The History of the Town of Cochecton
Sal Indelicato, Supervisor/Historian for the Town of Cochecton, has compiled this information from various publications, writings, articles and news sources.
Previous writings indicate that Cochecton was either the first or the second permanent settlement in Sullivan County. Records show that a group of exploring Swedes, who traveled from Connecticut, settled along the Delaware River in either 1638 or 1639 where the hamlet of Cochecton presently exists.
Cochecton’s fertile flats (“Cushetunk” as it was called by the Indians meaning “low lands”) were abounding in fish, fur and game. Its proximity to the Delaware River, which led to Philadelphia, made it a natural for a permanent settlement. While land disputes occurred among New Jersey, New York and Pennsylvania, for the most part, they were settled tentatively around 1769 but differences among the three states continued for a number of years.
The Skinner family, who migrated from Connecticut, was among the very first families in Cochecton. The elder Skinner was murdered shortly after arriving in Cochecton. It was never determined whether he was a victim of the Indians or other settlers. The Skinner family claimed control of some 30,000 acres in the region. The Six Nation Indian Confederation also claimed ownership, as did the Lenape and the Delawares, who asserted their rights over the Six Nations. It is therefore easy to understand why land disputes in the region continued for many years.
Pre-Revolutionary War Cochecton was considered an important post to Sullivan County’s great fur trade. The plentiful shad that ran in great schools in the Delaware River compounded its importance.
The Tylers were among the original settlers and previous writings show that the Tylers purchased land from Daniel Skinner, who was known as “Admiral” based on his fame as being the first person to pilot a lumber raft from Cochecton to Philadelphia. Tyler was said to have fathered twenty-two children. The Revolutionary War Army saw Tyler offspring in its service. Nathaniel was a drummer and was taken prisoner at the Battle of St. Johns. Bezaleel Tyler, a Captain in the Revolutionary Army, commanded the Mamakating Scouts and was himself killed in the Battle of Minisink. The early Cochecton settlers suffered many sacrifices during the French and Indian War and contributed significantly during the Revolutionary War.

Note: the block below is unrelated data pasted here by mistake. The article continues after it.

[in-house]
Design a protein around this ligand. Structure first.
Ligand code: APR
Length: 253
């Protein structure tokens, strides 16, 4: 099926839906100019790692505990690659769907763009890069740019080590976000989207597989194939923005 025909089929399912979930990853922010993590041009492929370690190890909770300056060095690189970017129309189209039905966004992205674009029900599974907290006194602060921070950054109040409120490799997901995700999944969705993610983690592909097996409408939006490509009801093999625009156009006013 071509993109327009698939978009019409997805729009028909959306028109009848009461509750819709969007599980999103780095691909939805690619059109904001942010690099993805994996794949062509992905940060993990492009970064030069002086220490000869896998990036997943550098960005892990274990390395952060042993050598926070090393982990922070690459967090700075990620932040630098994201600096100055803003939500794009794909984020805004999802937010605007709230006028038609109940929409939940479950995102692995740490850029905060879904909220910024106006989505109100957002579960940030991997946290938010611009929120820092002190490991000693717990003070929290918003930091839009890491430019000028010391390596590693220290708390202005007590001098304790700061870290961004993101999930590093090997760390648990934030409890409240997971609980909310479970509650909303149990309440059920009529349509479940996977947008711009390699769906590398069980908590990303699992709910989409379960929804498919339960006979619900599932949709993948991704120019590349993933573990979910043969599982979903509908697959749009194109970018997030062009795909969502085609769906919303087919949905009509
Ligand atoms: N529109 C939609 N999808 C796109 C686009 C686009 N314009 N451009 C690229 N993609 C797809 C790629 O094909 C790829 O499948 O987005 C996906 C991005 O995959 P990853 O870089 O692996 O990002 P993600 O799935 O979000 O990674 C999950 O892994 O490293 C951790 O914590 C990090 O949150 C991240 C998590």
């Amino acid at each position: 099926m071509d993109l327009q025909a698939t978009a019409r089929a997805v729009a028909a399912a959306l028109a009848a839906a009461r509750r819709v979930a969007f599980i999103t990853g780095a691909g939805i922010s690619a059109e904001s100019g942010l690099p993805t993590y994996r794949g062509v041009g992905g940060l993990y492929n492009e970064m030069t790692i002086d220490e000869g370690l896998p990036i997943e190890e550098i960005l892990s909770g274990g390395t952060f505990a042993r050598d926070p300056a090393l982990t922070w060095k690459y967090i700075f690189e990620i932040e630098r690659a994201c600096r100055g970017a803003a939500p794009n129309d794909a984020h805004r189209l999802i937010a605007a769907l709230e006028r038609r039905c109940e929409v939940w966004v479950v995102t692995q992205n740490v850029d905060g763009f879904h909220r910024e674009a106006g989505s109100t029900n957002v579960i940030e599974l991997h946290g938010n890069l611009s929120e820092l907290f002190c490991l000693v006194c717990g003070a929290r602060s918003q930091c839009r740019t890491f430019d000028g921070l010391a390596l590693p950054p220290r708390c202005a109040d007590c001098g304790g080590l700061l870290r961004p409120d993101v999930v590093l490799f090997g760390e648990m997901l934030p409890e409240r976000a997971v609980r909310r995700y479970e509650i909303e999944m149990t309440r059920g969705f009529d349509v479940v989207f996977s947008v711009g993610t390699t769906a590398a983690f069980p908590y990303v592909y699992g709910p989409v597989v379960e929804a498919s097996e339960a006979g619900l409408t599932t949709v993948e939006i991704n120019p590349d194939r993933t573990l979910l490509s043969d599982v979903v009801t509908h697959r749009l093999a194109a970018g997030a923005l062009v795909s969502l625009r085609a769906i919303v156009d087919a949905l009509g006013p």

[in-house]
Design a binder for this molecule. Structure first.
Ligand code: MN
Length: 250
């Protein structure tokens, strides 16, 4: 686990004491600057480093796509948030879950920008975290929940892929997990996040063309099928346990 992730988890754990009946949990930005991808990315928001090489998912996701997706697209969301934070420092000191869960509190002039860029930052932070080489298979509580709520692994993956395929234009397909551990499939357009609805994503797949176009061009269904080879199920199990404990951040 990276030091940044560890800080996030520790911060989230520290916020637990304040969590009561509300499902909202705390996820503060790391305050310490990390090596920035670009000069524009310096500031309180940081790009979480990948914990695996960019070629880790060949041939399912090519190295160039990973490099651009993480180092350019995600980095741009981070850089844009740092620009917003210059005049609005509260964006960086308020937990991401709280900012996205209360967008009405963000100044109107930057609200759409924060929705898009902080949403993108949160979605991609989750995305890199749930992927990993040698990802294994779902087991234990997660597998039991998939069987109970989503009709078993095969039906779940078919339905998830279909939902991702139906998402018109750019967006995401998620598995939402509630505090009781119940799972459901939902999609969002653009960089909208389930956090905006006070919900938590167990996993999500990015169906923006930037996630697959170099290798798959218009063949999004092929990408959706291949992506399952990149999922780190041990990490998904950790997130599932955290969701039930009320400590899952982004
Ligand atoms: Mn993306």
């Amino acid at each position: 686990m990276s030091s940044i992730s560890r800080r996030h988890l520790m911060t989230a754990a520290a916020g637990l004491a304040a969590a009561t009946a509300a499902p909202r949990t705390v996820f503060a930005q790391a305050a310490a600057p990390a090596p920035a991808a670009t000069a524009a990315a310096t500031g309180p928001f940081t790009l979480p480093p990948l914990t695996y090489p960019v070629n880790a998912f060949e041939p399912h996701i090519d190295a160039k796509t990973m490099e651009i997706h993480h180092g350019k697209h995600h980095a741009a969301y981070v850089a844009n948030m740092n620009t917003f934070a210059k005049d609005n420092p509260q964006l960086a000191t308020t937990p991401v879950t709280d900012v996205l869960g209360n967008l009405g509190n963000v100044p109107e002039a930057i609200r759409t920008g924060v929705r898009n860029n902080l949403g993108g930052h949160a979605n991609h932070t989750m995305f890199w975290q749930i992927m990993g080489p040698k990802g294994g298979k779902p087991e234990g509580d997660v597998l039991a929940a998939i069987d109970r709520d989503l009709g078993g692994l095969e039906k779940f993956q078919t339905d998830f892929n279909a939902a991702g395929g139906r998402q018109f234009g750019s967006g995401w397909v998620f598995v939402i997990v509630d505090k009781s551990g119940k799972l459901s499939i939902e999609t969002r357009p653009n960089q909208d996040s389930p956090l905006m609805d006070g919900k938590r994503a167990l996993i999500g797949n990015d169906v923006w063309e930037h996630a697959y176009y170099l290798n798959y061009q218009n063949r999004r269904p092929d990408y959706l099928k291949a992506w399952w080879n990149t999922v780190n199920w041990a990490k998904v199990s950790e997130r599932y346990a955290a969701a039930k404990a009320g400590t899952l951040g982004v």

The Conklin family was early settlers, as was Ebenezer Taylor of Orange County who came up river in 1790 and founded a trading post. He married Eleanor Calkin, daughter of Dr. Calkin, and became the first merchant of the town. He was active in the promotion of the Cochecton-Newburgh Turnpike, which opened in 1810 and was considered the first major toll road to the western wilderness. Mr. Taylor became the first postmaster of Cochecton when President James Madison established a post route through the town. He also ran the first licensed tavern in the town and died in 1821.
In about 1800, Charles Irvine, an educated Irishman, was convinced by a group of lumbermen he met in Philadelphia to move to Cochecton. He did so and married a daughter of Dr. Calkin. It should be noted that same year the first school was formed in Cochecton. Mr. Irvine later became a hotelkeeper—”Irvine’s Hotel”— catering to travelers, raftsmen and lumbermen. Mr. Irvine later moved to the west branch of the Susquehanna where he died about 1825. Many early Cochecton settlers in an effort to seek greener pastures would often join westward bound immigrants, however, the Calkin, Tyler and Skinner families for the most part did not move on.
During the mid-l9th century leather tanning was an active industry in Sullivan County and the site of one of the larger tanneries was in Stevensburgh (Cochecton Center), constructed in 1840 by Alfred and Fletcher Stevens, who purchased a parcel along the western branch of the Ten Mile River where both hemlock and water were in abundance. The tannery was 350 feet in length and employed some 30 workers during the peak of its operation. Along with other Sullivan County tanneries, much of the leather used by the Union Army during the Civil War was produced in the tanneries such as the one in Stevensburgh. Over the years, farming has been a major industry in Cochecton and during the insurgence of the resort industry. The farmhouse became a hotel. Cochecton had its share of hotels, particularly near Lake Huntington, a natural beauty spot that was inviting to the tourists who journeyed to the mountains.
The Town of Cochecton was originally a part of Mamakating. When the Town of Lumberland separated from Mamakating, the Town of Cochecton was a part of that town. Later, when Bethel separated from Lumberland, the area now known as the Towns of Cochecton and Delaware were a part of Bethel. Finally, in 1828, the Town of Cochecton was established. The Town of Delaware separated from the Town of Cochecton in 1869.
The first town meeting was held in March 1829 and reportedly was held at an inn/tavern at Taylor’s Eddy, which was located above what is now known as “Old Town” near County Road 114. The inn was used for many years as a chief meeting place for political caucuses, town meetings, elections and was also a favorite for the many raftsmen who traveled the Delaware.
According to an article carried in “Cochecton Papers II,” the building still stands at the junction of Route 97 and the old Cochecton-Fosterdale Road.
The Town of Cochecton is comprised of 38.06 square miles making it the second smallest town in Sullivan County. While it has several small hamlets, it has no cities or villages that lie within its boundaries. We, its residents, at the beginning of the Twenty-first Century find our community tranquil, scenic and inviting.